Boost your overall credit score to improve your chances of getting more favorable mortgage terms. It’s important to make consistent, on-time payments on all your debts, including student loans and credit cards, as even one late payment may be reflected in your credit report. 

Review your credit report at least annually to check for discrepancies and address any errors promptly. If you’re struggling to bring your credit score up, consider credit counseling as an option for in-depth advice. 

Switch to an income-driven repayment plan

You might qualify for one of the federal government’s four income-driven repayment plans (IDRs) based on your current circumstances. IDRs are intended to make student loan debt more manageable by calculating a monthly payment based on your current income and family size, rather than the amount of your debt. 

While an IDR can significantly reduce your monthly student loan payment, thereby freeing up more money for a mortgage payment, there are some potential downsides, including the fact that you’ll pay more interest on your student loan over the long haul. Weigh your options carefully, and seek professional advice if necessary before applying for an IDR. 

Shop around

Do your homework and compare the competition. Choose a reputable lender who has experience working with clients who carry student loan debt, as they’ll be able to help structure the best financing options to suit your specific needs. Consider getting pre-approved if possible, as this not only gives you a realistic idea of how much you’ll be able to borrow, but it also signals to home sellers that you’re serious rather than casually looking.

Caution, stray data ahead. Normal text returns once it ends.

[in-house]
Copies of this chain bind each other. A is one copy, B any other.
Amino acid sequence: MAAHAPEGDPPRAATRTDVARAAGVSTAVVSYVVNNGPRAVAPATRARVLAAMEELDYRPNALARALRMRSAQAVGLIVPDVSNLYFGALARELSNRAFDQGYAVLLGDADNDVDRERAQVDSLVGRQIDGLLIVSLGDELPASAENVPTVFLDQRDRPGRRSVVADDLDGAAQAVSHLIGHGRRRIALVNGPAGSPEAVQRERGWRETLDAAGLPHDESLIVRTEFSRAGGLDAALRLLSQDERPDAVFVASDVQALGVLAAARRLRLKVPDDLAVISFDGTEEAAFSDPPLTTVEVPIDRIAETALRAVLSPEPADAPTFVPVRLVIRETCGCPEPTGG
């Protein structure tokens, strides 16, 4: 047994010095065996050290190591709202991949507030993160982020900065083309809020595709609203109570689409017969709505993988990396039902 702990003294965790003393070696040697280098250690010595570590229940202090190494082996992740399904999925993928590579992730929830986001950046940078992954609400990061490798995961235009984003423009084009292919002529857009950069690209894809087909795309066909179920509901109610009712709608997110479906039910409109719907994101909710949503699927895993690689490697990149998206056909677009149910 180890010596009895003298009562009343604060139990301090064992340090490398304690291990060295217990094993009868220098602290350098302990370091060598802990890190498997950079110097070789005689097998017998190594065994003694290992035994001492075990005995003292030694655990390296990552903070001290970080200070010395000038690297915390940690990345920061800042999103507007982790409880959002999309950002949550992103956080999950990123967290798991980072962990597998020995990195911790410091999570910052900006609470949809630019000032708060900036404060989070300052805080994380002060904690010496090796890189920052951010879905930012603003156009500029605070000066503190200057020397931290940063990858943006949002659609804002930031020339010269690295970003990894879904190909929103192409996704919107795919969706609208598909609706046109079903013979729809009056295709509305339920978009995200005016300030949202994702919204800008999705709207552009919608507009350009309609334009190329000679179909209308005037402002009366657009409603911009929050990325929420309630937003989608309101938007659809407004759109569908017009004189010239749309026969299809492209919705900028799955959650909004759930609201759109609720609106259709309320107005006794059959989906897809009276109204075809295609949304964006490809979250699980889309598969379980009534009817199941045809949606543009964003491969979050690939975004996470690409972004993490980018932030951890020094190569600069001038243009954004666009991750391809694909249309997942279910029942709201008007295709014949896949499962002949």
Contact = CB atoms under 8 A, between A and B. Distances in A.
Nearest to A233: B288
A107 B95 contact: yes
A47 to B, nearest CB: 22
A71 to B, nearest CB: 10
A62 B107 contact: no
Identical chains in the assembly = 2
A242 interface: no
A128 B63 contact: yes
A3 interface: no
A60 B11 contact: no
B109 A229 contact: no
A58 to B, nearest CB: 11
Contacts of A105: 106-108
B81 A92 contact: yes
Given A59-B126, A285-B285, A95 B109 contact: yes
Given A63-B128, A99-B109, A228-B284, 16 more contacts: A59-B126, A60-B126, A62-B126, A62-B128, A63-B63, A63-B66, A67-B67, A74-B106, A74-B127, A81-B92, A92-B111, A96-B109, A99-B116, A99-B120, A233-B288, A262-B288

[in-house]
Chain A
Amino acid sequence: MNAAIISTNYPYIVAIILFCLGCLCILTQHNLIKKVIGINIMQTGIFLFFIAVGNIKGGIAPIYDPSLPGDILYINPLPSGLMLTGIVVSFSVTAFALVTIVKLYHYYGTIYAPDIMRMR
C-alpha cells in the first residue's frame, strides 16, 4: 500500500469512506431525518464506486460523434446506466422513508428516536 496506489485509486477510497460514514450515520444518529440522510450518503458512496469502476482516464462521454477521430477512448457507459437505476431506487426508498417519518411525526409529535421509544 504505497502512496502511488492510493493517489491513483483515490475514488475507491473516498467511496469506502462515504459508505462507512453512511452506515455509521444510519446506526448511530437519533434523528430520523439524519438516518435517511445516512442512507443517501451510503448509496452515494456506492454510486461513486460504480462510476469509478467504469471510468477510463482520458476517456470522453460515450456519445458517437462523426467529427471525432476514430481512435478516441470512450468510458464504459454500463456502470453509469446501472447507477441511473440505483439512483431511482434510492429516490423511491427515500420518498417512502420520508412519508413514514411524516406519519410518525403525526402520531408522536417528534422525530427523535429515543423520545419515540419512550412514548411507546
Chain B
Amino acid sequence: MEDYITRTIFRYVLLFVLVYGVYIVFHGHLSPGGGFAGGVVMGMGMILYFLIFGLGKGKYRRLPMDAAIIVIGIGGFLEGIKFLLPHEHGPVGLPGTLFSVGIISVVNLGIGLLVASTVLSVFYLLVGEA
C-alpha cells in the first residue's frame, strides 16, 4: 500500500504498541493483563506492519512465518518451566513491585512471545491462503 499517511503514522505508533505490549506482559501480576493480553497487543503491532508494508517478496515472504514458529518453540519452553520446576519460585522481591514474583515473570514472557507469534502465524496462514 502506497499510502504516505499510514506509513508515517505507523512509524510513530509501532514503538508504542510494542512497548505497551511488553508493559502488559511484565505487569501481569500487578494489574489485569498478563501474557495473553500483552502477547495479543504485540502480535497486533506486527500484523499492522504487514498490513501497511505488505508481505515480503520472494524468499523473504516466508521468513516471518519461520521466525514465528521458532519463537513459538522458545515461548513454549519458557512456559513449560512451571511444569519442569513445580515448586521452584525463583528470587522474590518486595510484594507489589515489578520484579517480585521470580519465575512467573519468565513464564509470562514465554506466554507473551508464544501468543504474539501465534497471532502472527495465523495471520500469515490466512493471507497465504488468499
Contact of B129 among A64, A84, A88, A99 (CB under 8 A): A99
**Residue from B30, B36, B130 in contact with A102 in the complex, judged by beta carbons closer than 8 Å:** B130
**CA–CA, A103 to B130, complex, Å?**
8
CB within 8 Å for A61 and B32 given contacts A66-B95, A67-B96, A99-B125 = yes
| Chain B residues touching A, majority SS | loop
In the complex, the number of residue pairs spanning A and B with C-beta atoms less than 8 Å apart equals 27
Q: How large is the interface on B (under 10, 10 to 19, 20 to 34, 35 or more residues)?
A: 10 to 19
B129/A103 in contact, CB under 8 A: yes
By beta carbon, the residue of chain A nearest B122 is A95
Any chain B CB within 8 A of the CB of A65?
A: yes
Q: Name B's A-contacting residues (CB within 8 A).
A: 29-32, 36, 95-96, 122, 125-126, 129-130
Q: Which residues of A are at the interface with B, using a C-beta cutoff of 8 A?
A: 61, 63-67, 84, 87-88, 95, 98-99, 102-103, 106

Add a co-signer 

If you have a responsible family member, or trusted friend, on solid financial footing with little debt and a high credit score willing to co-sign your mortgage application, you could improve your chances of getting approved. For this kind of agreement to work, it’s advisable to work with an attorney so terms and conditions are clear within a written contract that includes repayment schedules and title agreements.    

Consider home loan programs

There are a number of home loan programs you may qualify for, even if you carry student loan debt. 

Fannie Mae and Freddie Mac both have a number of loans that cater to lower-income borrowers or first-time home buyers and may accommodate low down payments and cancellable mortgage insurance, among other features. 

Other government-backed loan programs include FHA loans which typically require only a 3.5% down payment, as well as VA loans for active-duty service members, surviving spouses, and veterans, which do not require a down payment or mortgage insurance. USDA loans may be available if you live in a designated rural area. 

Work with a lender who is knowledgeable about your particular situation and can recommend a loan program to meet your needs. 

Buying a home with student debt can be challenging, but it’s not impossible. Work closely with both a real estate professional and a reputable lender to create a strategy that will meet you where you are, and open the door to your new home sooner.

This column does not necessarily reflect the opinion of HousingWire’s editorial department and its owners.

To contact the editor responsible for this piece: [email protected]